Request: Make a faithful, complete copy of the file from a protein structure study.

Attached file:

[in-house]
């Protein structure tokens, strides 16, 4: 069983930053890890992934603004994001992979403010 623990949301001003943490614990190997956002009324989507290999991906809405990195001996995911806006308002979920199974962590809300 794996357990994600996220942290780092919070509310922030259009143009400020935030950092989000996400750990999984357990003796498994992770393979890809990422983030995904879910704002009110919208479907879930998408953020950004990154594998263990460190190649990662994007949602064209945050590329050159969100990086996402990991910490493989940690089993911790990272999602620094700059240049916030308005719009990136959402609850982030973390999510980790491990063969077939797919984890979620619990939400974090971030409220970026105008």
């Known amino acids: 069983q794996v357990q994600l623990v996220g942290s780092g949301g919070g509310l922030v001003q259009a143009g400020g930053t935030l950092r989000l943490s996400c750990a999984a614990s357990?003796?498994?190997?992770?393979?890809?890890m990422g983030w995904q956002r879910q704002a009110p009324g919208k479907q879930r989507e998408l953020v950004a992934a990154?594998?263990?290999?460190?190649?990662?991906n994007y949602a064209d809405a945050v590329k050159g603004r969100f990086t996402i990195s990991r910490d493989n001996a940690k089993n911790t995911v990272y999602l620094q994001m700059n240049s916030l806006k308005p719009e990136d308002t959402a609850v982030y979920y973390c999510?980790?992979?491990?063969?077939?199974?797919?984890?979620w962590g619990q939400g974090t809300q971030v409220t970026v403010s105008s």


[in-house]
């Protein structure tokens, strides 16, 4: 069983930053890890992934603004994001992979403010 623990949301001003943490614990190997956002009324989507290999991906809405990195001996995911806006308002979920199974962590809300 794996357990994600996220942290780092919070509310922030259009143009400020935030950092989000996400750990999984357990003796498994992770393979890809990422983030995904879910704002009110919208479907879930998408953020950004990154594998263990460190190649990662994007949602064209945050590329050159969100990086996402990991910490493989940690089993911790990272999602620094700059240049916030308005719009990136959402609850982030973390999510980790491990063969077939797919984890979620619990939400974090971030409220970026105008």
């Known amino acids: 069983q794996v357990q994600l623990v996220g942290s780092g949301g919070g509310l922030v001003q259009a143009g400020g930053t935030l950092r989000l943490s996400c750990a999984a614990s357990?003796?498994?190997?992770?393979?890809?890890m990422g983030w995904q956002r879910q704002a009110p009324g919208k479907q879930r989507e998408l953020v950004a992934a990154?594998?263990?290999?460190?190649?990662?991906n994007y949602a064209d809405a945050v590329k050159g603004r969100f990086t996402i990195s990991r910490d493989n001996a940690k089993n911790t995911v990272y999602l620094q994001m700059n240049s916030l806006k308005p719009e990136d308002t959402a609850v982030y979920y973390c999510?980790?992979?491990?063969?077939?199974?797919?984890?979620w962590g619990q939400g974090t809300q971030v409220t970026v403010s105008s």